Lately, a friend was asking me where he should start with collecting MMO soundtracks. “Pretty much anywhere and everywhere” was my initial reaction, although that was not quite as helpful as he needed. So we started talking about grabbing all of the free soundtracks out there as well as snapping up particular albums as a backbone of a good collection.
Frankly, if it’s an online game and it’s released a soundtrack, I will buy it. I don’t care what kind of MMO it was or how popular it might have been; often the quality of the music is divorced from whether or not I would play that particular game. So while my collection is pretty expansive, I understand that a beginner collector can’t just buy all the things right away.
So that created an interesting thought exercise for me. If I was starting out and had the funds and desire to purchase, say, six albums off the bat, which ones would I pick? It was tough, but I came up with the following list to recommend to any MMO OST fan as “must haves” for a good collection.
An advance warning with this soundtrack: You can go very broke trying to buy the full Final Fantasy XIV score, particularly if you are seeking both the old (1.0) soundtrack and the Realm Reborn stuff. This is because Square Enix doesn’t exactly make it easy to buy digital albums, preferring to sell expensive import CDs and hacked-up albums elsewhere.
That said, picking up one or more of the city soundtracks for FFXIV is a good starting point. There are four of them out right now — Gridania, Ul’dah, Ishgard, and Limsa Lominsa — and all offer around 10 great tracks by Nobuo Uematsu and others for $4.
2. Lineage II
No, I don’t care how fast you might dismiss Lineage II from your interest as a playable game; I care that you acknowledge that this is one astounding (and expansive) soundtrack that is among the best that MMOs have put out. You need at least one of them in your collection, and if you’re starting out then I’d recommend the Interlude album. It’s got pieces by Inon Zur and Bill Brown, among others, and does a good job representing Lineage II’s wide range of musical excellence.
I call Aion, Lineage II, and Final Fantasy XIV my eastern trifecta — all three have simply astounding scores and are among my personal favorites. Like the others, Aion has multiple soundtrack releases and keeps pumping out great new music all of the time. Any of the game’s albums would be great to include (as a bonus, they all give you a lot of tracks for your money), but I say go right back to the start with its original soundtrack release. Lots of good stuff there!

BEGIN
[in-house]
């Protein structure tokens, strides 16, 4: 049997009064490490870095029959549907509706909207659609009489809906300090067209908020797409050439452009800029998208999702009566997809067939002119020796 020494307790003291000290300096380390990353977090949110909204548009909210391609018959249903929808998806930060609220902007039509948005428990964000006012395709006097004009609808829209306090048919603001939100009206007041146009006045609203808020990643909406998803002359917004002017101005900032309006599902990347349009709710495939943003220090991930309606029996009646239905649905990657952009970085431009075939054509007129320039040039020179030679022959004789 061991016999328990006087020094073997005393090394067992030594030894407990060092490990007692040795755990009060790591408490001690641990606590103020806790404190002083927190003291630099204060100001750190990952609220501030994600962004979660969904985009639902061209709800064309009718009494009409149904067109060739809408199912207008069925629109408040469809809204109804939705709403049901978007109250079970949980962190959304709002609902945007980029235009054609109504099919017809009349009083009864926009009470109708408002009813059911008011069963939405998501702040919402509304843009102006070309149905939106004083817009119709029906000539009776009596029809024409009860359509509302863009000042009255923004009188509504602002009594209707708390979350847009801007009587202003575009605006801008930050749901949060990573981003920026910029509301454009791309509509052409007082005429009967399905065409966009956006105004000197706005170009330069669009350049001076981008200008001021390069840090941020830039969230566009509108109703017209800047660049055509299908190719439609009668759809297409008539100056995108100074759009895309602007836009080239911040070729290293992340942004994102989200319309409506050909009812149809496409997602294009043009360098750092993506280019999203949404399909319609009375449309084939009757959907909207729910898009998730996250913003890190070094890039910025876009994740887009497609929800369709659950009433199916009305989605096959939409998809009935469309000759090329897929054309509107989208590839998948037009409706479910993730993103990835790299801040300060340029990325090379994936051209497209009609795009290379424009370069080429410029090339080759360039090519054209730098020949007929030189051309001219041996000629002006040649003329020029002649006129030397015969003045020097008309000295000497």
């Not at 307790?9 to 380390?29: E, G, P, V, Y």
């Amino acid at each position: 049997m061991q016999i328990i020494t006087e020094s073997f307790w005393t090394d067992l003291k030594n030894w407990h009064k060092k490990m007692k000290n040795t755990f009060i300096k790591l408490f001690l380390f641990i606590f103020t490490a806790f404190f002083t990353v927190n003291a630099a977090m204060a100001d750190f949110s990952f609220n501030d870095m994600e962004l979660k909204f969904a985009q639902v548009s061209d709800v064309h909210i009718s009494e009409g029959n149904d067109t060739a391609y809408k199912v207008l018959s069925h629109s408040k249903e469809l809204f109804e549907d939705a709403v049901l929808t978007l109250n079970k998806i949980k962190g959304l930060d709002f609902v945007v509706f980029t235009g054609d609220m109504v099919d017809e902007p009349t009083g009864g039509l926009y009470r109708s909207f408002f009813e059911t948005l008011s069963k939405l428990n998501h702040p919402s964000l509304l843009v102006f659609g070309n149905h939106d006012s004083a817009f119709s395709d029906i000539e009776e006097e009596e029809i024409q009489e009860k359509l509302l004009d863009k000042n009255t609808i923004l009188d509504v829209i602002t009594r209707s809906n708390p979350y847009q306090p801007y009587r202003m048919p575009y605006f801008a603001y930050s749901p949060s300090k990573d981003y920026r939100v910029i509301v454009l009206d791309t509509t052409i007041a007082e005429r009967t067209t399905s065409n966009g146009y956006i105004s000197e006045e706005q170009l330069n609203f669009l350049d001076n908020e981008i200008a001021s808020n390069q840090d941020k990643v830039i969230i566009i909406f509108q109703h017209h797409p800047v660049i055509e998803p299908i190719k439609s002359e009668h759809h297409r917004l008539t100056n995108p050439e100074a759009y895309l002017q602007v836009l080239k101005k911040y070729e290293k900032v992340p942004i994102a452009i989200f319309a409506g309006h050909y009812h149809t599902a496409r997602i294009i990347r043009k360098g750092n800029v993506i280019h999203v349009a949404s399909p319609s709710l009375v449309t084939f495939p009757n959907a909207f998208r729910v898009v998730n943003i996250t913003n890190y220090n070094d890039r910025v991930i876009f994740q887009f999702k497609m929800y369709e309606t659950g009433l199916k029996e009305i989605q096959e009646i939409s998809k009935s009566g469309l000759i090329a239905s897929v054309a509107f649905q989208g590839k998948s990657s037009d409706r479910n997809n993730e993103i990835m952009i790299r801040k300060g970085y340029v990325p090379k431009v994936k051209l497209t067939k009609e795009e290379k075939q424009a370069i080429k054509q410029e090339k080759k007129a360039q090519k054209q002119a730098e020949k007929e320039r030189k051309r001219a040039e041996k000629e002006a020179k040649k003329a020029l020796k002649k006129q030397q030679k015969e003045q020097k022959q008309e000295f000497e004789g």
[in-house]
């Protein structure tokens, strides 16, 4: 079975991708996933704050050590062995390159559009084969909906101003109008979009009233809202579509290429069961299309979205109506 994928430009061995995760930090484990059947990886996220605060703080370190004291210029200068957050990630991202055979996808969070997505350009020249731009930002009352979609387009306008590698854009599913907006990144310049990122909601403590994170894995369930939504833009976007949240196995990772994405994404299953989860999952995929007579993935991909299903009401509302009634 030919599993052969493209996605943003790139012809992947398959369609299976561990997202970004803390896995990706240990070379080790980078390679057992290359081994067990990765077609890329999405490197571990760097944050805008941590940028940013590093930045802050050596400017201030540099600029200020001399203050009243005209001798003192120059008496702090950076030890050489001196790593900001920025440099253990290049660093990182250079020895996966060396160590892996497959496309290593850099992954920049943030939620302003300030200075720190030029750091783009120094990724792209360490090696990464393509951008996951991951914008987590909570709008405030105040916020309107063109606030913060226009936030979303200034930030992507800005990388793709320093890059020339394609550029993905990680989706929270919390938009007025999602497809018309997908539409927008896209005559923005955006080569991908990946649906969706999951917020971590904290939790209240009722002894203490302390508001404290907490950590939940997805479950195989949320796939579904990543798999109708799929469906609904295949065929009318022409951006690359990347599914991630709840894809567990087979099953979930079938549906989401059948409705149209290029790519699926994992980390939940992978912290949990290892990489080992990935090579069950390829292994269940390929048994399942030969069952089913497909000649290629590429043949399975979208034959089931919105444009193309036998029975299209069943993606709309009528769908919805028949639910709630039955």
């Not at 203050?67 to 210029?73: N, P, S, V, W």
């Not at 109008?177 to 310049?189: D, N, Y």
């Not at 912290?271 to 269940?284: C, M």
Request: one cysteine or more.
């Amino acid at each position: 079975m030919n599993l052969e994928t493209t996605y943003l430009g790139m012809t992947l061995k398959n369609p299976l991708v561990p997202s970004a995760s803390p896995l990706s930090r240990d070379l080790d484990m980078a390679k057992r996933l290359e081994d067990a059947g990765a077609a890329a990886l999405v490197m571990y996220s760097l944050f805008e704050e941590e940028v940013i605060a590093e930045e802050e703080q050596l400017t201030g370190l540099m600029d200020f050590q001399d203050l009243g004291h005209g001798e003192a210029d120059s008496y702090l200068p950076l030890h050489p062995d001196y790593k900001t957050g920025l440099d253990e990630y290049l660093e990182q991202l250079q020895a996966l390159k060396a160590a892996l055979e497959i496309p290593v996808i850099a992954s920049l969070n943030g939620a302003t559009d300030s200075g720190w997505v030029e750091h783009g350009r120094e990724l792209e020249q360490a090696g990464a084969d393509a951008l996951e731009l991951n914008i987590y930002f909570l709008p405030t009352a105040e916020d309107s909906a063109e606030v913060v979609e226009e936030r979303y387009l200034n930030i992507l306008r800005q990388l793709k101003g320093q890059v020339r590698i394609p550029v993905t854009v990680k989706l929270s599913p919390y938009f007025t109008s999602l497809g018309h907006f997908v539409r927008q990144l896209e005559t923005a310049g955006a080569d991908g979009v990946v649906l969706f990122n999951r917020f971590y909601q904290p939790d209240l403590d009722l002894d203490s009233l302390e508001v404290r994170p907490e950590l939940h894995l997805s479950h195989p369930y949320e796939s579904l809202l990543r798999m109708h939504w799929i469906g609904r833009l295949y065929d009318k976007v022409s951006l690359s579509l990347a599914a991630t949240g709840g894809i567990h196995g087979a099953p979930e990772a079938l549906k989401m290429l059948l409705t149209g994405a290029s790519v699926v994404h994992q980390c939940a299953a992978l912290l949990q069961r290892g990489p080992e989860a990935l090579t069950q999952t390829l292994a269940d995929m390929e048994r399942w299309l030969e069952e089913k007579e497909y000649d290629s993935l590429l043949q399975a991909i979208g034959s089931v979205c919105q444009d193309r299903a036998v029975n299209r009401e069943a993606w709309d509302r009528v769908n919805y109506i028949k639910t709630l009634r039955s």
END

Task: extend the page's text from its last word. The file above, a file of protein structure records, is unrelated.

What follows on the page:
The earlier LOTRO albums are a little hard to come by these days but are definitely worth the trouble of tracking down. But even if they were available digitally, I would still tell you to get the Riders of Rohan soundtrack. It’s such a terrific score from start to end that builds on the game’s past and embraces the theme of this horse-riding nation. Chance Thomas really outdid himself on this one and I have a feeling that it’s probably the last full album we’ll ever see sold from this game.
5. Guild Wars 2
Really, Guild Wars anything is usually a welcome addition to a game soundtrack collection. The first Guild Wars has soundtracks still available (and are all great), although Jeremy Soule for some reason pulled the released Guild Wars 2 soundtrack from his store, makingit unavailable to purchase anywhere. I am not a fan of this move.
So instead, I say give some props to the recent musical additions to the game and pick up the rather good Heart of Thorns score and let yourself be swept away into this fantasy world. You won’t be disappointed!
Over the years, Blizzard’s built up an impressive library of music for World of Warcraft. While it’s not consistently excellent (very few soundtracks are), there are a lot of terrific pieces that make purchasing any if not all of the released albums worthwhile. However, I will say that some of the expansions are better than others, and all of the albums leave out a lot of music that was put into the game.
But if I had to pick just one soundtrack to buy, I’d throw down a wild card and suggest the Taverns of Azeroth album. It’s a 19-track collection and rearrangement of many of the tavern themes in the game, offering a high ratio of quality to quantity. You won’t get a lot of action pieces here, but you will be treated to lovely atmospheric tracks that put you right into the middle of a fantasy world. It’s probably one of my favorite albums to listen from start to end.